A noncontact, diffuse correlation spectroscopy device provided objective information about the viability of mastectomy skin flaps, which can allow surgeons to identify compromised and ischemic flaps early, and potentially save these structures, according to researchers from the University of Kentucky.
“Mastectomy skin flap necrosis, infection and implant loss are all interlinked by a shortfall of blood flow/issue perfusion at the microcirculatory level,” Nneamaka B. Agochukwu, MD, the lead author, and colleagues wrote in Plastic and Reconstructive Surgery. “Current approaches to detect mastectomy skin flap necrosis include clinical assessment, fluorescein dye angiography and indocyanine green dye angiography. Clinical assessment has been shown to be inherently unreliable because of this lack of objectivity.”
To judge the use of the noncontact, diffuse correlation spectroscopy device in the prediction of mastectomy skin flap necrosis, the researchers recruited 19 women who were undergoing mastectomy and subsequent implant-based breast reconstruction. Researchers used the noncontact, diffuse correlation spectroscopy device to measure mastectomy skin flap blood flow following implantation of the prosthesis the prostheses were implanted.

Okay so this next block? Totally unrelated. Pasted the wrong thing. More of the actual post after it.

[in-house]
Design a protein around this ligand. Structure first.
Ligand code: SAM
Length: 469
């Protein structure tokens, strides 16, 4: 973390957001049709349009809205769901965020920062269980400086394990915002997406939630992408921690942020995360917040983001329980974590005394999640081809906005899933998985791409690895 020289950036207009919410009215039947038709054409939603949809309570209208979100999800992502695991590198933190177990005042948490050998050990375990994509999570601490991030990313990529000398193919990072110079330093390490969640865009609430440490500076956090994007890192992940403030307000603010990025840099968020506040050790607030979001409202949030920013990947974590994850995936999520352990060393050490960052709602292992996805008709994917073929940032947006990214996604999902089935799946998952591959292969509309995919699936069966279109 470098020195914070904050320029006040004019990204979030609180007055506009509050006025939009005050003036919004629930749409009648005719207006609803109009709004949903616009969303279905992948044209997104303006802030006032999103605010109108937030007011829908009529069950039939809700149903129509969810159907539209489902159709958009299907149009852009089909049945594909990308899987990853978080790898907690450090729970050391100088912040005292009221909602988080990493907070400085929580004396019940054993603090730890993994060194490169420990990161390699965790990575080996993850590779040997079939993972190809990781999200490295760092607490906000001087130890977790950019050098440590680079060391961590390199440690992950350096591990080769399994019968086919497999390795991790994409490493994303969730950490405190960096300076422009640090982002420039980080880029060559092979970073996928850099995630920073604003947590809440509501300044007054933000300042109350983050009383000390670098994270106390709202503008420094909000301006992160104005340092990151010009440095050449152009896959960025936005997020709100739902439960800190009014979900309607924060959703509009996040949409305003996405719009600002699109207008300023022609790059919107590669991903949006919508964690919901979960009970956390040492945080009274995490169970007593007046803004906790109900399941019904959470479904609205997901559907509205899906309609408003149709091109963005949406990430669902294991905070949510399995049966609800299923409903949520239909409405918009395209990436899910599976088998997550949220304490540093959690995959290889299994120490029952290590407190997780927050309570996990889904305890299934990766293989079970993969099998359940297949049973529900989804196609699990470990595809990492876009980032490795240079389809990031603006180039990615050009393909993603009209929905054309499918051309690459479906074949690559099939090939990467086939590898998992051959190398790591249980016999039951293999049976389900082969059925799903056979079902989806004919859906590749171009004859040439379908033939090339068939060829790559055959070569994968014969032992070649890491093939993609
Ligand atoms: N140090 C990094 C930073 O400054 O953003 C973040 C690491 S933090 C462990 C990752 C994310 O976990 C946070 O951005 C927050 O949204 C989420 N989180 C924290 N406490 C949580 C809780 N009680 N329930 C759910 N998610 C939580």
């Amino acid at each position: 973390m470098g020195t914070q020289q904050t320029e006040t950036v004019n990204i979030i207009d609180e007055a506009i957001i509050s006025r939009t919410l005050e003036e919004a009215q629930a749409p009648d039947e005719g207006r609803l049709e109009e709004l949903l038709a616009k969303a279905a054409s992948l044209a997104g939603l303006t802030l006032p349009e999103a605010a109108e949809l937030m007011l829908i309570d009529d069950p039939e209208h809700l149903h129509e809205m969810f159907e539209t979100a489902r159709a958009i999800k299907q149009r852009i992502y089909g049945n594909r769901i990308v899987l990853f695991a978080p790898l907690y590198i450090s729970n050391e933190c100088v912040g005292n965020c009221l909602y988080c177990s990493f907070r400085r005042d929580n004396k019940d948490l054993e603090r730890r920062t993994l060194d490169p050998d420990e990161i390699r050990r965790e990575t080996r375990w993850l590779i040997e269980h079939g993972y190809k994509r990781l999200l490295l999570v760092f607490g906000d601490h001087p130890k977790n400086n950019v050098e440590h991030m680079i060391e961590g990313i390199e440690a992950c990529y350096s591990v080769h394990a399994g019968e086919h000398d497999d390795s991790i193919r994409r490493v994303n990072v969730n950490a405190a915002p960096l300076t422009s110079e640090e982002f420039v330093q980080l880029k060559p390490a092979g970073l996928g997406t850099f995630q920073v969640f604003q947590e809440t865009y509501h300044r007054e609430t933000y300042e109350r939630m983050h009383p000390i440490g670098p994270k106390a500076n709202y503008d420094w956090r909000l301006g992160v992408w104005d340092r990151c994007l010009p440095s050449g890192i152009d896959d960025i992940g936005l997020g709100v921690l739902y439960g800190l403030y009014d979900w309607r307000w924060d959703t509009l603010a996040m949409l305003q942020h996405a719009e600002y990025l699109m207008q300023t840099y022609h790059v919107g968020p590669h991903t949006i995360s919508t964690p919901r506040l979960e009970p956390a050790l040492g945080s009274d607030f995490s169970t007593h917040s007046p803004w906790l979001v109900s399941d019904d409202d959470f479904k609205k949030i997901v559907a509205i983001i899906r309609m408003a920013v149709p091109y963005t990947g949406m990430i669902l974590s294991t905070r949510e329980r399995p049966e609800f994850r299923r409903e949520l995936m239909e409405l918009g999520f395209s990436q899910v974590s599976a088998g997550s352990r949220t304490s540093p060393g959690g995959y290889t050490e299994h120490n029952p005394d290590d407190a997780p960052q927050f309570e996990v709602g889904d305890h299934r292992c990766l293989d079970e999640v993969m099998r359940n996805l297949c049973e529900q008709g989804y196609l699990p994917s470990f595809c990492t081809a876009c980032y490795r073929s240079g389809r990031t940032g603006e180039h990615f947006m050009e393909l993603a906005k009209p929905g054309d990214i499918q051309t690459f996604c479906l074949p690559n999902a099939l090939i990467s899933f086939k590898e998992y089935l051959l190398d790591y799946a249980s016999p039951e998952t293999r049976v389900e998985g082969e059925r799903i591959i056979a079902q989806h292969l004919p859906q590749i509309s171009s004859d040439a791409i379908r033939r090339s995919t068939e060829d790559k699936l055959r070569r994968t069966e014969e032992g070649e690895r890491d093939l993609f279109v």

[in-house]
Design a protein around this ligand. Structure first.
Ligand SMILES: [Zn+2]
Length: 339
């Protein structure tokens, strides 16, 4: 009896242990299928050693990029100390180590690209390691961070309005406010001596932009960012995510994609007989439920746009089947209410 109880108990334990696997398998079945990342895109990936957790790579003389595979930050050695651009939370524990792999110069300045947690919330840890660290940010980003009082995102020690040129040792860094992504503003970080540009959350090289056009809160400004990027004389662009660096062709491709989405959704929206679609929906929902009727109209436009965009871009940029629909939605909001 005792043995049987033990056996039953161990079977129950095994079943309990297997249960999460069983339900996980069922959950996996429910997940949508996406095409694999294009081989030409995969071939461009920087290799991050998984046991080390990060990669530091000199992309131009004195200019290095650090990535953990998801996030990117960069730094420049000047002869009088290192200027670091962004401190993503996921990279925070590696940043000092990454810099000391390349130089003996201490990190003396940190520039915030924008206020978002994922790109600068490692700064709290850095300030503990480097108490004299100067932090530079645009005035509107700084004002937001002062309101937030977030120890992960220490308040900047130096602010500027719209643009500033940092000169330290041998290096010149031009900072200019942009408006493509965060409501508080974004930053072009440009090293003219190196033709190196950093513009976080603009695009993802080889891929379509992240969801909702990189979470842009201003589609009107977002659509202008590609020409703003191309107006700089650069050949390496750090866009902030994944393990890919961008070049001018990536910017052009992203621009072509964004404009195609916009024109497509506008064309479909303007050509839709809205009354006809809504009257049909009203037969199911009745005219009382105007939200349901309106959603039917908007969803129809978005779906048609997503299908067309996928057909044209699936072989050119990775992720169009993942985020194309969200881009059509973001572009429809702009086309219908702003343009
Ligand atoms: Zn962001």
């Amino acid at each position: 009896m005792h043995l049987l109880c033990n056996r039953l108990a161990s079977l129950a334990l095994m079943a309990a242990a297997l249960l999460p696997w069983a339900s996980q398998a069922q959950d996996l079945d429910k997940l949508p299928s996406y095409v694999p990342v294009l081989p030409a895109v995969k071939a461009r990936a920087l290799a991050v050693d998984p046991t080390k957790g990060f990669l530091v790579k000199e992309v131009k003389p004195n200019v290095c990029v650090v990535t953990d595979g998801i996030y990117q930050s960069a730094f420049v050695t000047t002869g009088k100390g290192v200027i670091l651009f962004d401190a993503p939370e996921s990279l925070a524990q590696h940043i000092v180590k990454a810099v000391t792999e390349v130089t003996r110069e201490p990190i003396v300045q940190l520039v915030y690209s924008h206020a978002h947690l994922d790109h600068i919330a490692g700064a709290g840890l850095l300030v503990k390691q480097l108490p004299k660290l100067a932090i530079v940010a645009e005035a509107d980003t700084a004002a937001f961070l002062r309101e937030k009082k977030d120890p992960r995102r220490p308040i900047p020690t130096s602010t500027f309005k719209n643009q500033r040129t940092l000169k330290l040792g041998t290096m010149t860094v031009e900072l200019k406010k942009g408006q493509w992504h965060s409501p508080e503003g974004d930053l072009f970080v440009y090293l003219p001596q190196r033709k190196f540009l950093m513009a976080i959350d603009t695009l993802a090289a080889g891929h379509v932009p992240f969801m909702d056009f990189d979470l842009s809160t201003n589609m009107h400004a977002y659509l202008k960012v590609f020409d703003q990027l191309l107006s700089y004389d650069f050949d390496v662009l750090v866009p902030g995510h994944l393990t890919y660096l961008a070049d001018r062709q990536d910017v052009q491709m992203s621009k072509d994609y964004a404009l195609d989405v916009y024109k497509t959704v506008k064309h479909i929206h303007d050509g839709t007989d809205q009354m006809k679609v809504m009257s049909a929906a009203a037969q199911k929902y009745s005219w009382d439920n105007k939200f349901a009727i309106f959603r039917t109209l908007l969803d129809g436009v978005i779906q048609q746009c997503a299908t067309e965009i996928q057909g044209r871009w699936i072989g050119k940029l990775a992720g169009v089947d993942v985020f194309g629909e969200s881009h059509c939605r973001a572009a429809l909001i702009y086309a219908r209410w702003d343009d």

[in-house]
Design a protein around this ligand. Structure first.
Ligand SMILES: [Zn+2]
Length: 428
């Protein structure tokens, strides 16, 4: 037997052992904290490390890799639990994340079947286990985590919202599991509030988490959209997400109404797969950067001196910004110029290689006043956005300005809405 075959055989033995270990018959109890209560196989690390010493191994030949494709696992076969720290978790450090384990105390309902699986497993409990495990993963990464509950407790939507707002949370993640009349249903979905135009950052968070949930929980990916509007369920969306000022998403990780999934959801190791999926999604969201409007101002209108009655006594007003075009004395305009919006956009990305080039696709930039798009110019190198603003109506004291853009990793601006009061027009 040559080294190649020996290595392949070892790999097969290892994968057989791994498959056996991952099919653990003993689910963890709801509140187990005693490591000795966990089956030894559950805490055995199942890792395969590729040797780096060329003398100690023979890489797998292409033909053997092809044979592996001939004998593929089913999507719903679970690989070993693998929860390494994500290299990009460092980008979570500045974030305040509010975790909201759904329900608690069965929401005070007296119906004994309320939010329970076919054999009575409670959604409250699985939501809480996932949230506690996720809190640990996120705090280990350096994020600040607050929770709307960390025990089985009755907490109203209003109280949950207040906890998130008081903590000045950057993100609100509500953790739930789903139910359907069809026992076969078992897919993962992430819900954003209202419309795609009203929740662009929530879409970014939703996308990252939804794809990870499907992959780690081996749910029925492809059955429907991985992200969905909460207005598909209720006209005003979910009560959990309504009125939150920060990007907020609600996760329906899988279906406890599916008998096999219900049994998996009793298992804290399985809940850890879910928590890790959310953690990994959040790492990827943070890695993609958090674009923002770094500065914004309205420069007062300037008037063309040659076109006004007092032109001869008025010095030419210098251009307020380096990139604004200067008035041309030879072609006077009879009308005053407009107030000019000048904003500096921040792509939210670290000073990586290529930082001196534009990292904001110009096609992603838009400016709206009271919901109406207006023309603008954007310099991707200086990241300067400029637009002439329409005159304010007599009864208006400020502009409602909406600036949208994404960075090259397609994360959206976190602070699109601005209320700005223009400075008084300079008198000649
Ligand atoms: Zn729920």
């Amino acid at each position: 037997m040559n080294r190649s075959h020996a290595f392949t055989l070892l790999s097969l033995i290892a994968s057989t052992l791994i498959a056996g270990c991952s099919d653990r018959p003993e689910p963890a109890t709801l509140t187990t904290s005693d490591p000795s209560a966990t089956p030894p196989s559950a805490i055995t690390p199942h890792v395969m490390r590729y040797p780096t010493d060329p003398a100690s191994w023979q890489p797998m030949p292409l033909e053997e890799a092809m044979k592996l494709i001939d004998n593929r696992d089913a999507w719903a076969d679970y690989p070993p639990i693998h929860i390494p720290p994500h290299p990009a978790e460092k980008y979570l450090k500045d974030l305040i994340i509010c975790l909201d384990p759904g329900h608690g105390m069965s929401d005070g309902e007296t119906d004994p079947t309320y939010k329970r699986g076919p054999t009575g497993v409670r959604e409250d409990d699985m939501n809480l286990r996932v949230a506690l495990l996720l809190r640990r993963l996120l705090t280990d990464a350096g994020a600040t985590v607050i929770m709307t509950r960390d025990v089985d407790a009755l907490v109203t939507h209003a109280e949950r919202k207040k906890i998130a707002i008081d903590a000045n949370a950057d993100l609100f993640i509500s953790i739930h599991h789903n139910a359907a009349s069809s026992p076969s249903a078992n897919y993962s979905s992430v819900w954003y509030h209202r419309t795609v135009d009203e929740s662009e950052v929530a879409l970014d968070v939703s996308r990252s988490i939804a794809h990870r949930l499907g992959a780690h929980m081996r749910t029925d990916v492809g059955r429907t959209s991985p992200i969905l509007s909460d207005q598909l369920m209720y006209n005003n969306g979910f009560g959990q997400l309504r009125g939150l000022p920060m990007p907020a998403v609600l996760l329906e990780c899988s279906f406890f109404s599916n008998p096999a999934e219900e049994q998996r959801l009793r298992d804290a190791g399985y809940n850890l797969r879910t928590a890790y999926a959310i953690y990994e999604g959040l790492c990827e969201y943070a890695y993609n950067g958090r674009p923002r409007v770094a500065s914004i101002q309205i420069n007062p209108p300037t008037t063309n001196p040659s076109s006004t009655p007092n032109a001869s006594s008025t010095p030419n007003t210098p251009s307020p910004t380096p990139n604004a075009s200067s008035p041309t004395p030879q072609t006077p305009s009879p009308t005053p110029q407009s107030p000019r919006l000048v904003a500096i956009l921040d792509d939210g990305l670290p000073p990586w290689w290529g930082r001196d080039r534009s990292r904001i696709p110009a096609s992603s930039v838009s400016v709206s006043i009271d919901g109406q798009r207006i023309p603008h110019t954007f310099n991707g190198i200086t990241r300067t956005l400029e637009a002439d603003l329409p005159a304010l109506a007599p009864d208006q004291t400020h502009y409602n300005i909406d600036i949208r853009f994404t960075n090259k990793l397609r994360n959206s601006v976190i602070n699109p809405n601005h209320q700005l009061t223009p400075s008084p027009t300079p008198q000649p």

The patients were observed for complications, such as skin necrosis and the need for further surgery. Overall, four patients developed skin necrosis and one such patient required additional surgery.
Researchers found the difference in relative blood flow levels immediately following mastectomy between patients with vs. those without necrosis was statistically significant. In addition, relative blood flow measurements taken immediately after mastectomy demonstrated a “significant high accuracy” in predicting skin flap necrosis, the researchers wrote.
“Our pilot study demonstrated the feasibility of noncontact diffuse correlation spectroscopy for the perioperative monitoring of blood flow variations in mastectomy skin flap necrosis,” Agochukwu and colleagues wrote. “Further studies will provide the rationale and framework needed for designing optical image-guided clinical trials for breast reconstruction and the application of this technology to other clinical uses, including wound care and burns.”
Agochukwu NB, et al. Plast Reconstr Sug. 2017;doi: 10.1097/PRS.0000000000003415.
Disclosures: The researchers report no relevant financial disclosures.